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over the shoulder Kitten

Maybe I should give up that dream of owning it

As much as I want to purchase the property I just entered into a lease for, it looks like it will be a bad idea, for the same reason the current owner is trying to sell it. The value of the property exceeds the amount of rent you can collect for it.

By my estimates, the mortgage on this property is about $6,000.00 per month. The combined rent on all 3 units in the building (a commercial/retail space on the 1st floor, a one bedroom apartment on the 2nd floor, and my two floor/two bedroom townhome on 3rd and 4th floors) will bring in between $4,000 to $4,500 per month. The current owner is $2,000 per month short of what she needs to pay the mortgage (that's why she put it up for sale). And while that $2,000 buys her (or myself, if I purchase it) some equity, you could lose $24,000 a year for years before you even begin to build any equity.

Living there while I own it doesn't change this scenario at all. Let's say I moved from the two story townhome into the one floor apartment and rented out the commercial space and the two story town home. I would be collecting about $3,000 to $3,500 a month rent and be stuck paying $3,000 a month of the mortgage for a one bedroom apartment. And wouldn't it make more sense to not do that, and just rent an apartment for $1,000 a month or buy a condo for $2,000 a month? No matter how I look at it, it appears to be a $2,000 a month sinkhole until rental prices start to go up that high in the next 10 or so years. Am I wrong?


Plus, there would be tennant issues to deal with, and if you didn't have a tennant for a couple of months, you'd end up eating the whole mortgage. Now THAT would be stressful.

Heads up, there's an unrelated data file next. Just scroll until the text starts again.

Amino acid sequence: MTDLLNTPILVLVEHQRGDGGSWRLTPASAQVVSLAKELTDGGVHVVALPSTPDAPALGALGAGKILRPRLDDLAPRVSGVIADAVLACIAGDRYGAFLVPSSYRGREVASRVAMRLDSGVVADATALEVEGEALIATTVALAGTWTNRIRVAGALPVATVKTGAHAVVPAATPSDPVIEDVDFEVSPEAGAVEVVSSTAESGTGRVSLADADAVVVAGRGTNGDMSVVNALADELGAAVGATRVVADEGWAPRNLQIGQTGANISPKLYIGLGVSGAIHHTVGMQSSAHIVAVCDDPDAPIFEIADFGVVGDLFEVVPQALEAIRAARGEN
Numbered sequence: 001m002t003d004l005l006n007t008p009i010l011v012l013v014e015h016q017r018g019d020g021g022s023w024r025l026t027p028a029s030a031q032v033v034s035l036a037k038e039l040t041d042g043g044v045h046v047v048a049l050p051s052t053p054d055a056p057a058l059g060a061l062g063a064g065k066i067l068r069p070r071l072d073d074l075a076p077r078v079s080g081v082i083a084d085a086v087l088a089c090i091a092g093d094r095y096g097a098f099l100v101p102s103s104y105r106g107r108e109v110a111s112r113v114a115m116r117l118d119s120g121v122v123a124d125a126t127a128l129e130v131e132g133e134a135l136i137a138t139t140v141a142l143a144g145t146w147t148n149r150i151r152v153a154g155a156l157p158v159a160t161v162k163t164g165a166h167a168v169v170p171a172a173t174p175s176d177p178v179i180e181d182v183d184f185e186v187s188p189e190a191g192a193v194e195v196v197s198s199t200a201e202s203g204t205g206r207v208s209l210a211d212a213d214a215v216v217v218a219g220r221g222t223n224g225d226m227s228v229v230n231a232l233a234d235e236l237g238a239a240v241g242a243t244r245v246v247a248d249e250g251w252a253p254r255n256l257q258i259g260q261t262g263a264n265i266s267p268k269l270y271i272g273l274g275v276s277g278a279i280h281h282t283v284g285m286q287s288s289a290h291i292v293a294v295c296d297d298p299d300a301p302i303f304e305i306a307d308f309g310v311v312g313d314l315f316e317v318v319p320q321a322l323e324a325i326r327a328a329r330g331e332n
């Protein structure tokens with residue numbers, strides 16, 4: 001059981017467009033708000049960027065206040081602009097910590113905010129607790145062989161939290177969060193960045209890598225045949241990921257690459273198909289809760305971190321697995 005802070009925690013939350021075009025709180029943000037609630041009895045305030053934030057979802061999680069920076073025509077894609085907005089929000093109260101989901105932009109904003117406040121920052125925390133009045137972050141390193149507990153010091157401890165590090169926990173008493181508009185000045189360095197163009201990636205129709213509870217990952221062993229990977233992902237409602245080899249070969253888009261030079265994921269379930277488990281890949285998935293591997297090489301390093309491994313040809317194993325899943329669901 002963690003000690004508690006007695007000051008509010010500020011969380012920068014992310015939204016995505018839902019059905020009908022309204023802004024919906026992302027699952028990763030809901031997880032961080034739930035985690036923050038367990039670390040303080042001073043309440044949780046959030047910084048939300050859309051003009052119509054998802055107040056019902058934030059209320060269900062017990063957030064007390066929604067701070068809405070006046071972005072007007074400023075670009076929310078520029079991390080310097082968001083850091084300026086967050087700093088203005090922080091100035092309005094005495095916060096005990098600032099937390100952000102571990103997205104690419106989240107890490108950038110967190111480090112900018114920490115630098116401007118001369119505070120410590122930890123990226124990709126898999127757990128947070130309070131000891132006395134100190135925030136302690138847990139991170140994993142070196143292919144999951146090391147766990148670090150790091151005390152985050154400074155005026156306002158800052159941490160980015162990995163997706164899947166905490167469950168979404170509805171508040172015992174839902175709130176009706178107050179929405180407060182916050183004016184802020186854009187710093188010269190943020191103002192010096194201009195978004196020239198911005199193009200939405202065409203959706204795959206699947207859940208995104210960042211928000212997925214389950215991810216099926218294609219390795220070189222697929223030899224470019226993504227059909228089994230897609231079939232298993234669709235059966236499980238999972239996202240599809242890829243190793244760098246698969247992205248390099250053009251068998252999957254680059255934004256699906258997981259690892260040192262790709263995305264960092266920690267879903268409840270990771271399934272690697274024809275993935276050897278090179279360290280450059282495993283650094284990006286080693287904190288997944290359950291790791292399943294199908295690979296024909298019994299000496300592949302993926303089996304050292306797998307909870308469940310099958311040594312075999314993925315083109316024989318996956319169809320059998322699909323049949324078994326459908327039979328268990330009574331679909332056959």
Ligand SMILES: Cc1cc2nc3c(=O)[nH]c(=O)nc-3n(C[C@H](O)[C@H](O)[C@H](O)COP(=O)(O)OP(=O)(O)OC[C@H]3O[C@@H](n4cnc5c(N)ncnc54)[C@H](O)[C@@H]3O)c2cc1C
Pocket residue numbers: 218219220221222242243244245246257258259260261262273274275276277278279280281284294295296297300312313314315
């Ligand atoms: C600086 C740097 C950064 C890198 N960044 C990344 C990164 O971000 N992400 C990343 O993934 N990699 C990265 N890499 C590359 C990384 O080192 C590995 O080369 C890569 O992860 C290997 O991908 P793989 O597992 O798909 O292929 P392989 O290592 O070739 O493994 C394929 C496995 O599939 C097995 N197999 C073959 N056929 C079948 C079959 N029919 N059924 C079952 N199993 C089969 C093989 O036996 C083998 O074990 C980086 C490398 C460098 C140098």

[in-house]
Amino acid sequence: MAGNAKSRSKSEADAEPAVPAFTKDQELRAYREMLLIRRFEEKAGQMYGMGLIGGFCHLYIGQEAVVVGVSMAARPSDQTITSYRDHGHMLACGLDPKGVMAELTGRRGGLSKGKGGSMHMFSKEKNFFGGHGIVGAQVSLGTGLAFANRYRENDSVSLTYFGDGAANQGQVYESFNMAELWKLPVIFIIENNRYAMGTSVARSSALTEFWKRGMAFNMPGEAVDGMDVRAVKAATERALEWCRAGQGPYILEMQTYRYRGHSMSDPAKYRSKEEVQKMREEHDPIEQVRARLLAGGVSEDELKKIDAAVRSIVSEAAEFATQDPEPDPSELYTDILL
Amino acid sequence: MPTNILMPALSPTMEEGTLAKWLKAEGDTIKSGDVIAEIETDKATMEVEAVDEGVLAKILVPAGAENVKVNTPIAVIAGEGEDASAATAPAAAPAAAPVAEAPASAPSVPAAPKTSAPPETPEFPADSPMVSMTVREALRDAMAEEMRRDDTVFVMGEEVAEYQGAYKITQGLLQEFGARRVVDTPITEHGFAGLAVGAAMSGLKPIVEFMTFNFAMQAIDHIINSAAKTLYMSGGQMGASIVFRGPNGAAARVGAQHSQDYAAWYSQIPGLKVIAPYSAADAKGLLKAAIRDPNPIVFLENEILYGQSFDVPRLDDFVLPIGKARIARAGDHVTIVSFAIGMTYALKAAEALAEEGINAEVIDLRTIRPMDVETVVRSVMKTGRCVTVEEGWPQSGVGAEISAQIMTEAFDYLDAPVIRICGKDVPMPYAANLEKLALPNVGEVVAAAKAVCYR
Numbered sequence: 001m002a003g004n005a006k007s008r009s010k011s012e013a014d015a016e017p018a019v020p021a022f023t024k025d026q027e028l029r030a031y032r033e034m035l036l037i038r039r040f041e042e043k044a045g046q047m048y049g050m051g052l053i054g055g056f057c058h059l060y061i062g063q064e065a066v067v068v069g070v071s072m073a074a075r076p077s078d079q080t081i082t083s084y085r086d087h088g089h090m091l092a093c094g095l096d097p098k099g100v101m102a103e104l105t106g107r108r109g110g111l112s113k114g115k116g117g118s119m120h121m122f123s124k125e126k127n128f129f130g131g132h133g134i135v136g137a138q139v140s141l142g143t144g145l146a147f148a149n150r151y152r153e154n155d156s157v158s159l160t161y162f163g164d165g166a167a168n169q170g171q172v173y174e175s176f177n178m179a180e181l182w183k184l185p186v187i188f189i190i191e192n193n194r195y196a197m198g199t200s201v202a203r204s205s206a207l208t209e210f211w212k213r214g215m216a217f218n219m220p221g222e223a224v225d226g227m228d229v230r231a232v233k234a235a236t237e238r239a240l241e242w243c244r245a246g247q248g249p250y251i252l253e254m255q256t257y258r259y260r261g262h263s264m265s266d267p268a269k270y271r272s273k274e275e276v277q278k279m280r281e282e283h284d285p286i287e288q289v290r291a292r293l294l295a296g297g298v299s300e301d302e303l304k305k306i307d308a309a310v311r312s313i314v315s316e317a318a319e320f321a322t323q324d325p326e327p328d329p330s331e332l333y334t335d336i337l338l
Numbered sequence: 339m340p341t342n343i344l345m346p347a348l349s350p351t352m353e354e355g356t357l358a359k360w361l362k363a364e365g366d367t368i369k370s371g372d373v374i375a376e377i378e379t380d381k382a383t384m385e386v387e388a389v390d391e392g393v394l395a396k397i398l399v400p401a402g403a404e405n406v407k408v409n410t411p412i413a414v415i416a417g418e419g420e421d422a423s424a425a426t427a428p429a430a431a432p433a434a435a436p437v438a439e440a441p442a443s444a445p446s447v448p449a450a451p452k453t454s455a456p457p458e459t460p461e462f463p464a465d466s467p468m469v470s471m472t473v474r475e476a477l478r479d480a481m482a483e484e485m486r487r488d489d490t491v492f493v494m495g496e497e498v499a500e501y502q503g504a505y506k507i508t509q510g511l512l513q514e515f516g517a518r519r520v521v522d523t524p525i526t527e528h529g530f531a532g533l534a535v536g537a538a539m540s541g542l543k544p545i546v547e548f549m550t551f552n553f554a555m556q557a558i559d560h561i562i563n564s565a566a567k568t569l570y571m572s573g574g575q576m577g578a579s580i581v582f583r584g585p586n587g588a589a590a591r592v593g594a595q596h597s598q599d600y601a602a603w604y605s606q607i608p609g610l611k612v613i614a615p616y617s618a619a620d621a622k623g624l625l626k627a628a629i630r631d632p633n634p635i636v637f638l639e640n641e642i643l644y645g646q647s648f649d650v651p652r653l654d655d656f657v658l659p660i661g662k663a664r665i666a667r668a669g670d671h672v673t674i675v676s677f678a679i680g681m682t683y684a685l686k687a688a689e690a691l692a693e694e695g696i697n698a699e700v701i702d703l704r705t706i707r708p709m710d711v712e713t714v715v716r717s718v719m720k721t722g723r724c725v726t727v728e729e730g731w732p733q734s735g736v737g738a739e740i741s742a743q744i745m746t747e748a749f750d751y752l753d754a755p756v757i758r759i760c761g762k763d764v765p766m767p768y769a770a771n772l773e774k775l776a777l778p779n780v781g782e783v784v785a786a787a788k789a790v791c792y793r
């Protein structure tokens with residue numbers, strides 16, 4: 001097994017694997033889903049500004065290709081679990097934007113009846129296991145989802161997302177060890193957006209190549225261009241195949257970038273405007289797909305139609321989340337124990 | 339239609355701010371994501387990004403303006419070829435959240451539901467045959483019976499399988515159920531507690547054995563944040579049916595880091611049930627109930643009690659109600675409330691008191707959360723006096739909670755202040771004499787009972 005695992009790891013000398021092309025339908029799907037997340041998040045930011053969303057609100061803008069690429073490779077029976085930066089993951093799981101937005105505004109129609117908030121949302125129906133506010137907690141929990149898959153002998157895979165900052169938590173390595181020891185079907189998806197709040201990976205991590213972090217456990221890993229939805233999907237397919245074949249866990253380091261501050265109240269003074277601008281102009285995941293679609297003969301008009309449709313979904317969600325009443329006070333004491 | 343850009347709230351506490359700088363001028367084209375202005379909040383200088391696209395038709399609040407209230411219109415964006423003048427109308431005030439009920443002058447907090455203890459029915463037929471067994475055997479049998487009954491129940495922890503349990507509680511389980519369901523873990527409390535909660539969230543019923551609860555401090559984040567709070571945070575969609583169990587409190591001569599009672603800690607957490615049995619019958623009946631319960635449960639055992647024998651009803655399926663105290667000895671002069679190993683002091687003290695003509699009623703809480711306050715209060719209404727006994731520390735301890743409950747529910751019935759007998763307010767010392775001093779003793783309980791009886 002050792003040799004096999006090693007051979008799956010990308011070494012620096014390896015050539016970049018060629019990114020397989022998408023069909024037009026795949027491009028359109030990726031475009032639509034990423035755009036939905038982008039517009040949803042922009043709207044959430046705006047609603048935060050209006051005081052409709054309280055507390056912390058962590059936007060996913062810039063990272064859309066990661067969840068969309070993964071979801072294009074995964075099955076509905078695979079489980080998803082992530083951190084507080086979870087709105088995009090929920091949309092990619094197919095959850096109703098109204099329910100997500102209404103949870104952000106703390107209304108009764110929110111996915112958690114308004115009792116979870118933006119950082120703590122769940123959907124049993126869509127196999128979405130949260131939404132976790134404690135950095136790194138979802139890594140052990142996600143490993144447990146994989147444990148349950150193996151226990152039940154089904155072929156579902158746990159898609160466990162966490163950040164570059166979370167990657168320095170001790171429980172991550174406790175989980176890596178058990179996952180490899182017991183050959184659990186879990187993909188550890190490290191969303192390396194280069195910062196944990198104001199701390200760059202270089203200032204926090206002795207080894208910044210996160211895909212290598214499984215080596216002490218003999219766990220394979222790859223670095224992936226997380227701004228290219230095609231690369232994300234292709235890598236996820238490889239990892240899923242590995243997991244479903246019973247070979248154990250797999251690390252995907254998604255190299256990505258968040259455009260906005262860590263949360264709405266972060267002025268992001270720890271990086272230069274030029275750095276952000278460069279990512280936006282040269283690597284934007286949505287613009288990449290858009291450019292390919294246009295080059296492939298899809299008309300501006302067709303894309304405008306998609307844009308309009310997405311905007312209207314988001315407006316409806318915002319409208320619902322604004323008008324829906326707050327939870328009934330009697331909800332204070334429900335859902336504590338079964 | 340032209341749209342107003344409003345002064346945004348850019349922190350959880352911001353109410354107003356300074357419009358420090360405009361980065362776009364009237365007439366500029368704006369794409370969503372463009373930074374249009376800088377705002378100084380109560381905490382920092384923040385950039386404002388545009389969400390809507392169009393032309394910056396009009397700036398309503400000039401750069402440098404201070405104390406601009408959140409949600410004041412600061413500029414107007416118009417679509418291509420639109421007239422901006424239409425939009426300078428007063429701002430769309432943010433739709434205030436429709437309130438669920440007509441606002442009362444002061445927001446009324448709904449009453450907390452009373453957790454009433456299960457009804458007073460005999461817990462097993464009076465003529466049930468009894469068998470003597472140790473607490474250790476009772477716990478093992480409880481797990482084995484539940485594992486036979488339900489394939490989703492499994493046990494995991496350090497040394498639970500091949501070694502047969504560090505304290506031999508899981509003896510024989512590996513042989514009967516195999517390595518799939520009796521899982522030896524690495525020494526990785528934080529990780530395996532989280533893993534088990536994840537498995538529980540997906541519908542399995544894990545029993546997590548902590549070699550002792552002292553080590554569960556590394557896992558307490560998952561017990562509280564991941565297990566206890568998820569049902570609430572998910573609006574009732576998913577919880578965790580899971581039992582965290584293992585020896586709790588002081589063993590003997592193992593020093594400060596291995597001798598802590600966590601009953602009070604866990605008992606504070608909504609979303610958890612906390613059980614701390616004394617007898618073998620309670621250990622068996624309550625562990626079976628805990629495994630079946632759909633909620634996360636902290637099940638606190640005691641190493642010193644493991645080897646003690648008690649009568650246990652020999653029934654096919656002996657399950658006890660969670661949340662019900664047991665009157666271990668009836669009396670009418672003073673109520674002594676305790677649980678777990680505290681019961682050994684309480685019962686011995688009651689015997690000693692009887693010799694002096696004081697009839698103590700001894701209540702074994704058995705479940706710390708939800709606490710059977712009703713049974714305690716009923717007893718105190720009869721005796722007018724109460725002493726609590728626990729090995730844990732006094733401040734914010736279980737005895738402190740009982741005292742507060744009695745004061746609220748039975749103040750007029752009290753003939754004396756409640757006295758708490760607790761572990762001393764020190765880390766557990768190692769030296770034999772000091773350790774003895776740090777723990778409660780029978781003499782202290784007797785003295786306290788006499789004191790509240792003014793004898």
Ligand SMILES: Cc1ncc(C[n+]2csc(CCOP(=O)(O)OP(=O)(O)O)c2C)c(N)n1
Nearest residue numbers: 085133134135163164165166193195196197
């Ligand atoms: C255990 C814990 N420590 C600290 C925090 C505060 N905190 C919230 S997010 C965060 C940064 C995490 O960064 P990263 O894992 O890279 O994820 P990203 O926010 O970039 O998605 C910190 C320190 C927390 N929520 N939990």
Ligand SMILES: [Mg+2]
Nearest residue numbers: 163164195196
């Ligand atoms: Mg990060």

Remember that for every $100 you pay initially, on average, the next year you could sell for $105. By 10 years you could sell for $155 per $100 you put in.

Of course right now you might not see an increase for hte first year or two, but I think you actually might still.
I don't know much about housing trends, but I hear from people that the housing market is going to start going down pretty heftily over the next 5-10 years, making it good for buyers, but not for homeowners. Gordon is holding out on buying a house until this happens, especially because we've gotten very lucky with our rent price.
I have heard otherwise from online news sources. My understanding is that the prices will hold as they are, or drop slightly, for the next 2 years. Then they will start to climb again. So in 10 years, the property you buy now will have already accumulated a good deal of equity. But if you buy now, you are stuck with the property and won't be able to sell at a profit for 2 or more years.
Aye, I'd not expect equity to start making a marked difference in the near term. Add that you are not a REIT, you are a dance studio - anything you tie up in real estate is a resource you don't have for furnishings, advertising, training, or cruises :)
Several things:

1. Does it matter you wouldn't be able to sell at a profit for 2 years? Are you actually planning on selling in less than 2 years?

Unless you're trying to "flip" the property, then the real question is:
* Will I be able to afford this place without paying a loss from month-to-month?

If you're worried about tightening dollars in the economy *and* not sure if you can rent it profitably, then yeah...dont buy it.

If you DO think you can make a profit - even if it's not a lot, from the rents then maybe it's not a bad idea since when you do decide to sell, then you can make some cash.

I'm not interested in profit, I'm interested in not throwing away money on rent every month. There is a possibility I might sell in 15 to 20 years. But nothing sooner than that. The property is too ideal and too well located to let go of once I purchase it.
I must've misunderstood Gordon the first time, because we were just talking about this and he said pretty much what you said. Might be good to buy during the next couple years.



"The value of the property exceeds the amount of rent you can collect for it"

Look, if you want to know when to buy, read this blog every day -


By most metrics, the crash is roughly half over.
For instance, home ownership rate is now reverting to mean -


You need to see homeownership rate decline to 65 to 66% before we're even back to normal and crashes usually overshoot the mean, i.e. we'll probably see an ownership rate fall to 64%.

That's just one metric. There's vacancy rates, foreclosure rates, inventory on market, etc. In general, most metrics indicate the crash has another 18-24 more months before it bottoms out.

FYI, Seattle has been lagging the national market by 1-2 years. So the bottom for Seattle is probably sometime around 2011, assuming the whole financial system doesn't come apart, which is quite possible now.